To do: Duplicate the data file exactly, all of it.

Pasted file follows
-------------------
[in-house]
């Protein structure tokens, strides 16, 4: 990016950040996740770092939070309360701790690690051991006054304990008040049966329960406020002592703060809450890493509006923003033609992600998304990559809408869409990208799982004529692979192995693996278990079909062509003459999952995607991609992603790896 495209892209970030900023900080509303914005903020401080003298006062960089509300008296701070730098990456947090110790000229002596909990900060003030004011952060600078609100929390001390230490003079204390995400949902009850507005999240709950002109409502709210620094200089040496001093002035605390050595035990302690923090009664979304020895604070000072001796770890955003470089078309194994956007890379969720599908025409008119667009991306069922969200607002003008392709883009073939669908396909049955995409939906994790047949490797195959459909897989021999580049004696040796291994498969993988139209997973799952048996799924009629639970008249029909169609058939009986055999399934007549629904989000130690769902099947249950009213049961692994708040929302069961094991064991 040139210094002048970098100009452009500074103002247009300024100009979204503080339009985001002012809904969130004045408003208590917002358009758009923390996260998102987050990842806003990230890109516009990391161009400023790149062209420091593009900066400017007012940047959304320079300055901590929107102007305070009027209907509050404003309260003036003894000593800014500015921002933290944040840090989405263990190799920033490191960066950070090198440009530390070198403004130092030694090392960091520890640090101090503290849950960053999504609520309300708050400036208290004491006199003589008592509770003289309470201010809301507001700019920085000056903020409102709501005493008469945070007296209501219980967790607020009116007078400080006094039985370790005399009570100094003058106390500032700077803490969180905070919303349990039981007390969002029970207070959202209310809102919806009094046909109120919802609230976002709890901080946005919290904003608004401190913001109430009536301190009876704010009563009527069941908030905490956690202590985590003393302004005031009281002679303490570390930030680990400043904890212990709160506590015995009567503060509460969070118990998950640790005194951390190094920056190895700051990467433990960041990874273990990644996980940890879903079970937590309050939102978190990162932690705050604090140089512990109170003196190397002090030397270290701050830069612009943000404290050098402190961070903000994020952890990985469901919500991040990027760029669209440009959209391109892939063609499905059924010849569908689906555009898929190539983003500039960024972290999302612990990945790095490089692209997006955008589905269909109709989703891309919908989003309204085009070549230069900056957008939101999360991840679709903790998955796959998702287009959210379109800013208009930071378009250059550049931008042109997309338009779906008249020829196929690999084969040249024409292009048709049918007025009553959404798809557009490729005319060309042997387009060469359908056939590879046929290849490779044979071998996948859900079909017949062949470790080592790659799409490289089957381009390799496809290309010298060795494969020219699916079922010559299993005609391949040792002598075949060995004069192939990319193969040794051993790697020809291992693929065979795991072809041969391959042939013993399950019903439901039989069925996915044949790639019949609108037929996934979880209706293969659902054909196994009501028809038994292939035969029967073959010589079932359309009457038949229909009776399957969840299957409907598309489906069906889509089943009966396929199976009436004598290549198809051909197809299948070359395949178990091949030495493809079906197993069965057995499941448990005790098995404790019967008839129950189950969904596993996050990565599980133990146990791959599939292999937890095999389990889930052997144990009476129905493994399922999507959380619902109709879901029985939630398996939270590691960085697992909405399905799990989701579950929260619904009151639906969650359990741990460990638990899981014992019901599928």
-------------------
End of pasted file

[in-house]
């Protein structure tokens, strides 16, 4: 990016950040996740770092939070309360701790690690051991006054304990008040049966329960406020002592703060809450890493509006923003033609992600998304990559809408869409990208799982004529692979192995693996278990079909062509003459999952995607991609992603790896 495209892209970030900023900080509303914005903020401080003298006062960089509300008296701070730098990456947090110790000229002596909990900060003030004011952060600078609100929390001390230490003079204390995400949902009850507005999240709950002109409502709210620094200089040496001093002035605390050595035990302690923090009664979304020895604070000072001796770890955003470089078309194994956007890379969720599908025409008119667009991306069922969200607002003008392709883009073939669908396909049955995409939906994790047949490797195959459909897989021999580049004696040796291994498969993988139209997973799952048996799924009629639970008249029909169609058939009986055999399934007549629904989000130690769902099947249950009213049961692994708040929302069961094991064991 040139210094002048970098100009452009500074103002247009300024100009979204503080339009985001002012809904969130004045408003208590917002358009758009923390996260998102987050990842806003990230890109516009990391161009400023790149062209420091593009900066400017007012940047959304320079300055901590929107102007305070009027209907509050404003309260003036003894000593800014500015921002933290944040840090989405263990190799920033490191960066950070090198440009530390070198403004130092030694090392960091520890640090101090503290849950960053999504609520309300708050400036208290004491006199003589008592509770003289309470201010809301507001700019920085000056903020409102709501005493008469945070007296209501219980967790607020009116007078400080006094039985370790005399009570100094003058106390500032700077803490969180905070919303349990039981007390969002029970207070959202209310809102919806009094046909109120919802609230976002709890901080946005919290904003608004401190913001109430009536301190009876704010009563009527069941908030905490956690202590985590003393302004005031009281002679303490570390930030680990400043904890212990709160506590015995009567503060509460969070118990998950640790005194951390190094920056190895700051990467433990960041990874273990990644996980940890879903079970937590309050939102978190990162932690705050604090140089512990109170003196190397002090030397270290701050830069612009943000404290050098402190961070903000994020952890990985469901919500991040990027760029669209440009959209391109892939063609499905059924010849569908689906555009898929190539983003500039960024972290999302612990990945790095490089692209997006955008589905269909109709989703891309919908989003309204085009070549230069900056957008939101999360991840679709903790998955796959998702287009959210379109800013208009930071378009250059550049931008042109997309338009779906008249020829196929690999084969040249024409292009048709049918007025009553959404798809557009490729005319060309042997387009060469359908056939590879046929290849490779044979071998996948859900079909017949062949470790080592790659799409490289089957381009390799496809290309010298060795494969020219699916079922010559299993005609391949040792002598075949060995004069192939990319193969040794051993790697020809291992693929065979795991072809041969391959042939013993399950019903439901039989069925996915044949790639019949609108037929996934979880209706293969659902054909196994009501028809038994292939035969029967073959010589079932359309009457038949229909009776399957969840299957409907598309489906069906889509089943009966396929199976009436004598290549198809051909197809299948070359395949178990091949030495493809079906197993069965057995499941448990005790098995404790019967008839129950189950969904596993996050990565599980133990146990791959599939292999937890095999389990889930052997144990009476129905493994399922999507959380619902109709879901029985939630398996939270590691960085697992909405399905799990989701579950929260619904009151639906969650359990741990460990638990899981014992019901599928």